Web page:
Status as taxable person at stake in the case of loss-making activities
In two judgments of 30.03.2023, the ECJ comes to the conclusion that the public sector does not act as a taxable person when it comes to loss-making activities. In this case, the taxation of supplies can be omitted. On the other side of the coin, however, is the denial of input VAT deduction. Many local authorities today tend to benefit from generous treatment in the form of the granting of input VAT refund. This practice may come to an end if the Federal Fiscal Court adopts the ECJ’s new line of reasoning in its jurisprudence.
Is a legal entity under public law considered a taxable person in the case of a loss-making activity? This question is relevant not only when it comes to the taxation of the supplies rendered but also to the question of input VAT deduction from the procured goods and services. The ECJ commented on this issue in two recent decisions. After all, the right to input VAT deduction only exists if the status as taxable person is affirmed.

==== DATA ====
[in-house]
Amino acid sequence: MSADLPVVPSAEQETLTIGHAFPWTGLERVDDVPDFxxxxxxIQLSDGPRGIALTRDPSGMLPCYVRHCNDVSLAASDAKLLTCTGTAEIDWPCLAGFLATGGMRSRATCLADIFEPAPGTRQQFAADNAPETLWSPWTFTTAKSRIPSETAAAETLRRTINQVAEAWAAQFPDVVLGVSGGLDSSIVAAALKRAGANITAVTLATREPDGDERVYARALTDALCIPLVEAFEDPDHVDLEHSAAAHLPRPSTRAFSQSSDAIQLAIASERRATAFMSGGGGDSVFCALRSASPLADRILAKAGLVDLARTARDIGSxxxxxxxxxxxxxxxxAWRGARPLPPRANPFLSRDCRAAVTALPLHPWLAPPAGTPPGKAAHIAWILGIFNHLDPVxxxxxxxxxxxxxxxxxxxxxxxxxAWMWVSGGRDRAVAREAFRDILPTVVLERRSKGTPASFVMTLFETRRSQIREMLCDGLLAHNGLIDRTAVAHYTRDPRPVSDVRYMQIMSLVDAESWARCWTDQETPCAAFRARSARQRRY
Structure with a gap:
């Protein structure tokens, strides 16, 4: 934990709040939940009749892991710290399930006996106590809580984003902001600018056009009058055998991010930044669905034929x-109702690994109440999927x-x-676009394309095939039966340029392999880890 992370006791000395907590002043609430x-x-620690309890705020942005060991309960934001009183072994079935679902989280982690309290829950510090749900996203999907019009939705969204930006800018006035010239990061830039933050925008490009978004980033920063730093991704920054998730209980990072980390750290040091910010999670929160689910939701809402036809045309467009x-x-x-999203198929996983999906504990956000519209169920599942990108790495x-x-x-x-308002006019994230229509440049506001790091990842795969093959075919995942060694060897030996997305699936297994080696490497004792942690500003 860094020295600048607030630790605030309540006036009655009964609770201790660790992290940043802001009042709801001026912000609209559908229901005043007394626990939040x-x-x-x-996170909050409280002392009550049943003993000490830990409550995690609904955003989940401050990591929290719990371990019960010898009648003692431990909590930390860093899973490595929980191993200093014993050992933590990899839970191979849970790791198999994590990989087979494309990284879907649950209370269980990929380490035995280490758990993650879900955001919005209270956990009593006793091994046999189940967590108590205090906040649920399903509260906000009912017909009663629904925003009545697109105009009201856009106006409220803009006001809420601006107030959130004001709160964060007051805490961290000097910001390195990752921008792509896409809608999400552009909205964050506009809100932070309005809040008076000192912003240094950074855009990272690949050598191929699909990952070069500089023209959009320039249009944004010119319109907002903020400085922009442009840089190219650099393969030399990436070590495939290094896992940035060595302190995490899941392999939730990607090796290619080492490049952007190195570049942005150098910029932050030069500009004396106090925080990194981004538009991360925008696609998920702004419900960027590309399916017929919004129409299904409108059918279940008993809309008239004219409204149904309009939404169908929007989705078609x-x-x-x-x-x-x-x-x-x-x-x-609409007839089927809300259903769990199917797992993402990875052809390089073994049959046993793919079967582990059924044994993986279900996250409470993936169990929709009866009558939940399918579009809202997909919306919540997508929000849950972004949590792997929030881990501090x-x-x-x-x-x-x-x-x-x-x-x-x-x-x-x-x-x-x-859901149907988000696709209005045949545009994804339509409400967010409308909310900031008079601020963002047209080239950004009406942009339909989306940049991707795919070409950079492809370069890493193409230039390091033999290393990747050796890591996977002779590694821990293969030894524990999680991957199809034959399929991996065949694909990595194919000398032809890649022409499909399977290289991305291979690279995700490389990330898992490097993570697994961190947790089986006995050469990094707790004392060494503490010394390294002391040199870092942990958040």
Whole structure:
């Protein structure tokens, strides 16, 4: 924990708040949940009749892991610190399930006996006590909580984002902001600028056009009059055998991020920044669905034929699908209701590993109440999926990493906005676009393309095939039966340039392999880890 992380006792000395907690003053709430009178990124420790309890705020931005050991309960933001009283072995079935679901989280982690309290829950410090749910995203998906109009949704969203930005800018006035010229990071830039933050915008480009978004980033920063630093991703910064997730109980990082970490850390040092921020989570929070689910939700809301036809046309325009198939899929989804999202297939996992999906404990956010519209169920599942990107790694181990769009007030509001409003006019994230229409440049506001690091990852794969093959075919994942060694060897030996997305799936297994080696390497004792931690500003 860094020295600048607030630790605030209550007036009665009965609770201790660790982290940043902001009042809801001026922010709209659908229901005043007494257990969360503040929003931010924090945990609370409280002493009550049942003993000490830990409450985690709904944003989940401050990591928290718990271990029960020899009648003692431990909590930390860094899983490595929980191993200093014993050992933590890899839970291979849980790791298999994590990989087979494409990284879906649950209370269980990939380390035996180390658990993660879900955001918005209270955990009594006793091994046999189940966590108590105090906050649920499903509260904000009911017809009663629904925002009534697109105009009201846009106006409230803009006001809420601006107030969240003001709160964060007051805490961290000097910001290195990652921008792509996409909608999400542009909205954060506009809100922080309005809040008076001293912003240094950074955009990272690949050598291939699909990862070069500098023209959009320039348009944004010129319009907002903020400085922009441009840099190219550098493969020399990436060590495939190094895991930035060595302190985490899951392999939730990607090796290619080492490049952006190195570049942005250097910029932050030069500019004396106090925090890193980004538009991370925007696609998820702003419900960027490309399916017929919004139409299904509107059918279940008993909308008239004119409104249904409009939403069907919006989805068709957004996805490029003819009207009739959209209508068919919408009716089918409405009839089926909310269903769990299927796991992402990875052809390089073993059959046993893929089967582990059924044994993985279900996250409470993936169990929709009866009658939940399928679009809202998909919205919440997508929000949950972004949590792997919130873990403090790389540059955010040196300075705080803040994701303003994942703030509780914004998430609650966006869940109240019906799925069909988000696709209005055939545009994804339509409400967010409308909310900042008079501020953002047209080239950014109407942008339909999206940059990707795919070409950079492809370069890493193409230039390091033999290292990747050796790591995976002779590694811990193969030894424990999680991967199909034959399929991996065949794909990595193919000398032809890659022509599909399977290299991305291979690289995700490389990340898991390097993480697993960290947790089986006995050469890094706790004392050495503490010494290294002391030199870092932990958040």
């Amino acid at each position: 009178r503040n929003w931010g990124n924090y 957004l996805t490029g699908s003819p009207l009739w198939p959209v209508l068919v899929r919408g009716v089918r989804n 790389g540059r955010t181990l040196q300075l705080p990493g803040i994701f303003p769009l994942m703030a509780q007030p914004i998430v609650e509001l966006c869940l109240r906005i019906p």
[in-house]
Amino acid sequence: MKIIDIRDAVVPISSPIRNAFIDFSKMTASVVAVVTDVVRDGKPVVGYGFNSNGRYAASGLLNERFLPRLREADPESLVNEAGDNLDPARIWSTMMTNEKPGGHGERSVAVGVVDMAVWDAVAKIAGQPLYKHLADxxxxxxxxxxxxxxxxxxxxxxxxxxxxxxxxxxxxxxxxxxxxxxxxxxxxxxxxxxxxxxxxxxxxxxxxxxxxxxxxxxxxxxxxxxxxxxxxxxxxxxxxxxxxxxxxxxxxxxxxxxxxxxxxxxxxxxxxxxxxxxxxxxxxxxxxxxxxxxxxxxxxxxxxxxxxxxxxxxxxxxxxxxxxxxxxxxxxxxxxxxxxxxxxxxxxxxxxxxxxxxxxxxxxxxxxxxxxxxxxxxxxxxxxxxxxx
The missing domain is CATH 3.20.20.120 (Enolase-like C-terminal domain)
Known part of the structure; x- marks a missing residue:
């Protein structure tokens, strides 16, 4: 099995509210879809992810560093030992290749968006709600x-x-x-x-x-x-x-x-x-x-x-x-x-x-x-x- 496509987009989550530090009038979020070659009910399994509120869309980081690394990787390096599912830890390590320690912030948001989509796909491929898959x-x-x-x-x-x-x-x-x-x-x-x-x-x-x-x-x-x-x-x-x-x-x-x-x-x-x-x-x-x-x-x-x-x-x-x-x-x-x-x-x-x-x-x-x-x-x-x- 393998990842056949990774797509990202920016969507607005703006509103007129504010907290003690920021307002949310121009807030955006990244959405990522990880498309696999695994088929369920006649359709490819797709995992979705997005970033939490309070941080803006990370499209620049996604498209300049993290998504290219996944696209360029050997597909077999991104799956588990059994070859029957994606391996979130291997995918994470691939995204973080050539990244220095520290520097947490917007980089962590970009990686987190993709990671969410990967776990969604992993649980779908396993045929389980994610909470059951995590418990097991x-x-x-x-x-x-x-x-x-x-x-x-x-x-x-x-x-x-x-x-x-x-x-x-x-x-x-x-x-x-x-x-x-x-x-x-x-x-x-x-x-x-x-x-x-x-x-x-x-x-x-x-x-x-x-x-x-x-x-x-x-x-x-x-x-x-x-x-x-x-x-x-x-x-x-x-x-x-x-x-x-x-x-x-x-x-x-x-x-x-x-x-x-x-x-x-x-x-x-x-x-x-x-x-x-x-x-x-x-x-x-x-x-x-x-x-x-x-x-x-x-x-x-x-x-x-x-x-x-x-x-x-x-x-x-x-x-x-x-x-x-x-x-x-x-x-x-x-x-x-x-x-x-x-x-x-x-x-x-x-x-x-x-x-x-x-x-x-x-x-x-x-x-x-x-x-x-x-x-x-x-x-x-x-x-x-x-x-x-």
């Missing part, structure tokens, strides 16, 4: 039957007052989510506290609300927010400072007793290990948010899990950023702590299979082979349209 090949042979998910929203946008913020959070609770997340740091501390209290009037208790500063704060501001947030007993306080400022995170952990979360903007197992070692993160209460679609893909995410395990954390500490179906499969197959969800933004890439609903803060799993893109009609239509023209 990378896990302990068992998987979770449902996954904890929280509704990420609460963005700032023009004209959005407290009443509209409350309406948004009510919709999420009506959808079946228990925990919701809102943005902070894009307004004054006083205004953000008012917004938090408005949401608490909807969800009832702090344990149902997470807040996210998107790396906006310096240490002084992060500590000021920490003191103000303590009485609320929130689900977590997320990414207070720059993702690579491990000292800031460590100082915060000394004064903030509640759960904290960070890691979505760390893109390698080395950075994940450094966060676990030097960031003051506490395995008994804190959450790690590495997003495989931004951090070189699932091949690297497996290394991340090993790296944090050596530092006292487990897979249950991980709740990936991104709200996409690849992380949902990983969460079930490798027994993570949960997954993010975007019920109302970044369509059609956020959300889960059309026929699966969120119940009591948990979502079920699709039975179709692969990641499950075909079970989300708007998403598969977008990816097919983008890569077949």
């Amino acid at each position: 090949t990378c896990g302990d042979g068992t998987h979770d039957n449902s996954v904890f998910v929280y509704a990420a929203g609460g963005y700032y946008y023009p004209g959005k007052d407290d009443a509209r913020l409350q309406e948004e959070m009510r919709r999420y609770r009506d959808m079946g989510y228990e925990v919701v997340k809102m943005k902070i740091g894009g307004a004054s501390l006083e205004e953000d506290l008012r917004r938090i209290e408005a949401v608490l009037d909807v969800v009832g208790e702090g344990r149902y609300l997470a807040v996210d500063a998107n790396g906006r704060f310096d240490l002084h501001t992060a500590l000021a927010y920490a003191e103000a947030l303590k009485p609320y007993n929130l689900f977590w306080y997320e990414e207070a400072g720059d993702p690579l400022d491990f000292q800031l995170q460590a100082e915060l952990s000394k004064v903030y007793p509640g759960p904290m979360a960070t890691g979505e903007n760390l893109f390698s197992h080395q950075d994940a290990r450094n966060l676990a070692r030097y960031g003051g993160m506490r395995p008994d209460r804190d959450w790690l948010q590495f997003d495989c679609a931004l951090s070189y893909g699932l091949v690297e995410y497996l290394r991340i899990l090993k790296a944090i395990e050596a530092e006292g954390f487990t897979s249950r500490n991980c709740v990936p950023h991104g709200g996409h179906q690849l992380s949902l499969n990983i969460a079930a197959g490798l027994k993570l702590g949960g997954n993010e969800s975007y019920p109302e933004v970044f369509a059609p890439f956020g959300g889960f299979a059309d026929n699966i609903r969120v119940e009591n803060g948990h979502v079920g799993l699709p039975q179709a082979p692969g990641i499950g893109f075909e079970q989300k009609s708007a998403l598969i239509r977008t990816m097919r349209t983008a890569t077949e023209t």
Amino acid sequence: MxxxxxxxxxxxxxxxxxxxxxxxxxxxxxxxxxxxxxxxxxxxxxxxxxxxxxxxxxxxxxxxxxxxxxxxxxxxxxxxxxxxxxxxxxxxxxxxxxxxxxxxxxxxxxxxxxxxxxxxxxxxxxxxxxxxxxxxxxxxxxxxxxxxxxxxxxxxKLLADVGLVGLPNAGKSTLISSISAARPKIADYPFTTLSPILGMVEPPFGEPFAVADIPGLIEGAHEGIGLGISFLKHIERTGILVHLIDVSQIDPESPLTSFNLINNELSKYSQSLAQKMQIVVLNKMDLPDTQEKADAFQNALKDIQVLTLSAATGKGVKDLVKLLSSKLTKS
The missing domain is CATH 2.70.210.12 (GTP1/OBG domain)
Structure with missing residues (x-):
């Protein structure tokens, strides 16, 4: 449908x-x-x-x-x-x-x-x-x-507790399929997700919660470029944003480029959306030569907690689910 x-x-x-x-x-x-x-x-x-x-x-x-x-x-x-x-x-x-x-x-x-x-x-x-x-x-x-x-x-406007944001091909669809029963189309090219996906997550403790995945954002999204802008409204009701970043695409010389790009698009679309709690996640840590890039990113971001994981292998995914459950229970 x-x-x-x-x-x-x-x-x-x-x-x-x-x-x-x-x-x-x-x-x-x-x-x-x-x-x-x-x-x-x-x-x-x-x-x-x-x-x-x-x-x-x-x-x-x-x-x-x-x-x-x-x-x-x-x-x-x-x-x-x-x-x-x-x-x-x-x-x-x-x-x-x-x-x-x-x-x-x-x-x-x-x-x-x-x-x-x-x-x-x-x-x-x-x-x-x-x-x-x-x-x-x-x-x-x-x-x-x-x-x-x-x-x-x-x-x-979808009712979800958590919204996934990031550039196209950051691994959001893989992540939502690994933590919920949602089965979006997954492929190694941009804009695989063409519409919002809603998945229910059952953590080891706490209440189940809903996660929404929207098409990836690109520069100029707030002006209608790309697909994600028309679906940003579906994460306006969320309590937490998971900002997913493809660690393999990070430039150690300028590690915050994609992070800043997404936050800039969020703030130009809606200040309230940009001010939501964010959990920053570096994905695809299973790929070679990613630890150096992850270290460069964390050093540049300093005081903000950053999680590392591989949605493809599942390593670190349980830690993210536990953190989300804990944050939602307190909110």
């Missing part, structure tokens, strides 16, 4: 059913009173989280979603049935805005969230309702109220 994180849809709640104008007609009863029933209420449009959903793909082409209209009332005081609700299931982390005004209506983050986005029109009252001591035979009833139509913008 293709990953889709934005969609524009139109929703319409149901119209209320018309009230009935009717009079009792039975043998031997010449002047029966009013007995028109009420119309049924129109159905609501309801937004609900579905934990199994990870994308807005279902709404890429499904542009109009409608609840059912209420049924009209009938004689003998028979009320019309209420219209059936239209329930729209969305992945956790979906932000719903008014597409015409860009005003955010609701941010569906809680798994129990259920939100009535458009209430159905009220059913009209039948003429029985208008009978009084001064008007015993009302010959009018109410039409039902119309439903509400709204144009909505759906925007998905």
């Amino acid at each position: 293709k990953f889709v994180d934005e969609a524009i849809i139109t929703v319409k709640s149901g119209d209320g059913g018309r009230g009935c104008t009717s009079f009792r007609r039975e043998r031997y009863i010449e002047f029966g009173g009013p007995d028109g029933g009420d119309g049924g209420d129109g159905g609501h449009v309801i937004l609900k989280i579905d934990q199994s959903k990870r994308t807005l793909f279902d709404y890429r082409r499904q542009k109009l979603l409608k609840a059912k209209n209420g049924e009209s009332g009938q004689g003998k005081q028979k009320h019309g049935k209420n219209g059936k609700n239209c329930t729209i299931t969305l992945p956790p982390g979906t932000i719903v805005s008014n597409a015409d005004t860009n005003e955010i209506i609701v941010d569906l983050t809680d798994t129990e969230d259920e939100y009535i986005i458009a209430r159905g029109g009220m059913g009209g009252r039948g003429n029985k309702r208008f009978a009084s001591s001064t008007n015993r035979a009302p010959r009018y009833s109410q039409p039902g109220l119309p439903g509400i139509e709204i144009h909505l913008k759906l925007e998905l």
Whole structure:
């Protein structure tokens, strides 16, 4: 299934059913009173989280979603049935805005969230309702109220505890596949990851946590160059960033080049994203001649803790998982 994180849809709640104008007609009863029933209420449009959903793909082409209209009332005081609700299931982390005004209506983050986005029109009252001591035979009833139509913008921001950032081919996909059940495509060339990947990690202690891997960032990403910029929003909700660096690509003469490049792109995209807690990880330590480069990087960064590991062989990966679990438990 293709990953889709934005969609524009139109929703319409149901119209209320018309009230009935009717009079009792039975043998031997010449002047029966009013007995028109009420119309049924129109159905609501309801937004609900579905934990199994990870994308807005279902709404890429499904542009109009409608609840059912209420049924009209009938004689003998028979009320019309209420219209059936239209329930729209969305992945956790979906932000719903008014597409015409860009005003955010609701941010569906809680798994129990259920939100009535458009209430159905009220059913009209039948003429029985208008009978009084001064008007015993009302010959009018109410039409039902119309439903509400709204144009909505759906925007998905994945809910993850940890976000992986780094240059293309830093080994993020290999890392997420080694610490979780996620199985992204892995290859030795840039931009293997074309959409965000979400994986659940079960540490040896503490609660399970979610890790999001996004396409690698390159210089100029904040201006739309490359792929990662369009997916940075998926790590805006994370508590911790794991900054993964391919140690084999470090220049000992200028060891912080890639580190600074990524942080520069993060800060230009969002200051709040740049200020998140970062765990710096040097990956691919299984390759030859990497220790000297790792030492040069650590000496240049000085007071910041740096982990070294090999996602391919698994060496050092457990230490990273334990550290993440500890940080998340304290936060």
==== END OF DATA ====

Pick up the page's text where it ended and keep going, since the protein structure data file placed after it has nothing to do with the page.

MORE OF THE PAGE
Deficit activities can result from the fact that grants are paid by third parties and/or consideration below the market price is to be paid. This phenomenon occurs very often among legal entities under public law as they receive grants in many sectors. In addition, for socio-political reasons, cost-covering consideration is often not charged. In local self-government, the principle of cost covering generally applies. However, it is possible to deviate from this if the measure serves the welfare of all citizens. It is therefore not surprising that municipalities, especially in the sectors of culture, transport and sport, sometimes operate with cost covering rates of less than 10%.
2. Decision of the ECJ in the case Gmina O. (judgment of 30.03.2023, C-612/21)